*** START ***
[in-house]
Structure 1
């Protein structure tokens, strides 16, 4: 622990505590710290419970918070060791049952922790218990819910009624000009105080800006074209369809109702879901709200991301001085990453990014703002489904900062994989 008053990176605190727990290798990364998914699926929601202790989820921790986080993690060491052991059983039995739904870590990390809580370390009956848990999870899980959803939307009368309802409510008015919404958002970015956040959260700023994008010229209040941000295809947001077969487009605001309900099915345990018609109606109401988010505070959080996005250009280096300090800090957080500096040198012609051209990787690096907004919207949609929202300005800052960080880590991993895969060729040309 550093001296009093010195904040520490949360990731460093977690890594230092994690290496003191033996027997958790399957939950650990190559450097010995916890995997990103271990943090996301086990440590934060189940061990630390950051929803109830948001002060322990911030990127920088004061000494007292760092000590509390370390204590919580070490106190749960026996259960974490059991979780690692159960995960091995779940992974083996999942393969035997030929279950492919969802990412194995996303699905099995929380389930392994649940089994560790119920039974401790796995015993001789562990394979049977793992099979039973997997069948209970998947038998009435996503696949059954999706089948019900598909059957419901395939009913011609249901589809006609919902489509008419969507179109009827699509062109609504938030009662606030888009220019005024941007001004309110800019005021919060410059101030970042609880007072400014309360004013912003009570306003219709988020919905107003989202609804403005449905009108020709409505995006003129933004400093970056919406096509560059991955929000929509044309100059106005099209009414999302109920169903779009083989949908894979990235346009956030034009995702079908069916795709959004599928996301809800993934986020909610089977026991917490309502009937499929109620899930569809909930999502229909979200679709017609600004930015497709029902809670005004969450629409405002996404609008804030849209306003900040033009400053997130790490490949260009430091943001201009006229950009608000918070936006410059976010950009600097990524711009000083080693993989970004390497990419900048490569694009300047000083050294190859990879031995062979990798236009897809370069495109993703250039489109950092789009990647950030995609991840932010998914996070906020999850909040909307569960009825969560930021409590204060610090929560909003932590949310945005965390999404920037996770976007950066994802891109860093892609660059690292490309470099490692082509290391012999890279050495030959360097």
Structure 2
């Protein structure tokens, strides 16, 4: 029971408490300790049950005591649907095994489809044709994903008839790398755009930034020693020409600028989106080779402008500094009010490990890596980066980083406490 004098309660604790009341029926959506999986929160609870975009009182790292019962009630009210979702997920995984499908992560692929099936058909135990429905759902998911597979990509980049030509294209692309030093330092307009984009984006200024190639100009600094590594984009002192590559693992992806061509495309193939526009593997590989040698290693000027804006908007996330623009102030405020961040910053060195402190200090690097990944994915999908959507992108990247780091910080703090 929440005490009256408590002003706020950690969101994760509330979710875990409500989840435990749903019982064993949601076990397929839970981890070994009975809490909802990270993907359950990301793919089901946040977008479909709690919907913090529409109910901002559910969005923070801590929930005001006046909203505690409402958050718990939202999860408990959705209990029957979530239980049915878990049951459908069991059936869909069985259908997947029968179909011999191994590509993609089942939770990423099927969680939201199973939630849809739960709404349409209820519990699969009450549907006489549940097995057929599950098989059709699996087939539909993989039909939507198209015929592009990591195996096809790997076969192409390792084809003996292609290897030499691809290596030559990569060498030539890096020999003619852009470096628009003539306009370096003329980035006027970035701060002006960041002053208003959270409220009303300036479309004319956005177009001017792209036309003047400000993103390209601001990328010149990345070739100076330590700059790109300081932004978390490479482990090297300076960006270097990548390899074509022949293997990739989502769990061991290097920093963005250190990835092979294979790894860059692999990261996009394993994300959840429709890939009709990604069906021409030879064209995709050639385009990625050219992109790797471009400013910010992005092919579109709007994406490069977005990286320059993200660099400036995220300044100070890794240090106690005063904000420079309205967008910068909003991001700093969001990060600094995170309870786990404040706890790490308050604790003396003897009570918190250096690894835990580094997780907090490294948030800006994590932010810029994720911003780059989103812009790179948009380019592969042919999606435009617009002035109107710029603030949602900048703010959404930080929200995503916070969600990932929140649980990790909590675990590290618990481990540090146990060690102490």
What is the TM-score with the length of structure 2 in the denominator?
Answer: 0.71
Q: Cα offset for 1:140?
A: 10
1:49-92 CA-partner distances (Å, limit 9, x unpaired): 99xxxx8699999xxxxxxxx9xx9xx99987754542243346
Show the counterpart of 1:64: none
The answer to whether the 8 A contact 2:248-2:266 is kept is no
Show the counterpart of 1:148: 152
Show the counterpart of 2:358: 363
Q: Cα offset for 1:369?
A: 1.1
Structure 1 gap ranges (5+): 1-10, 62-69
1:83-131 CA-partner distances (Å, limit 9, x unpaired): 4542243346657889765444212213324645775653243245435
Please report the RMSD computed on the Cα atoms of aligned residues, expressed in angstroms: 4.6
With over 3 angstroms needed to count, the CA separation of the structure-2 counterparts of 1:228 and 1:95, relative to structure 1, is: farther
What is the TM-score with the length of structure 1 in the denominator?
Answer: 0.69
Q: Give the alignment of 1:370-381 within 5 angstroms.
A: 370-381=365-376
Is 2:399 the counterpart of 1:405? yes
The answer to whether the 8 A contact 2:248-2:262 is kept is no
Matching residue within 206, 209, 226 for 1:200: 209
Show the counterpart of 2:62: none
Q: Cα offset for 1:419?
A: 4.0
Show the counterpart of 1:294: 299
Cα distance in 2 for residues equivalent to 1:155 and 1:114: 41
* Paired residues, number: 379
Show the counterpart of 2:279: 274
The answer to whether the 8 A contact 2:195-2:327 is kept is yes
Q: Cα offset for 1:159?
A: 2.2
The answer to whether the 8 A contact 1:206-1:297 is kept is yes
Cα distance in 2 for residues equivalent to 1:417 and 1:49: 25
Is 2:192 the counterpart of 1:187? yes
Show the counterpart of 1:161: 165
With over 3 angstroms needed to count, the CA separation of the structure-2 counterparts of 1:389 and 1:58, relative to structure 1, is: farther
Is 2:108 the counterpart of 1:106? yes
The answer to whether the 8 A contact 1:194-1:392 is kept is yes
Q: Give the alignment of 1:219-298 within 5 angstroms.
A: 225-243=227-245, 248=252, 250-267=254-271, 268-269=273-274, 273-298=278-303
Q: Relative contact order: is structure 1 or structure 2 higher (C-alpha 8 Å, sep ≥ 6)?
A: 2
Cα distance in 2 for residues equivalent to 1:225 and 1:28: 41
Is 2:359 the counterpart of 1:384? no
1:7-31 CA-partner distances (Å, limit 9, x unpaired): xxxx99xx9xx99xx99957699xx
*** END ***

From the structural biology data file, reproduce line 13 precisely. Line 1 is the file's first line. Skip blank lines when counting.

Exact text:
Show the counterpart of 1:148: 152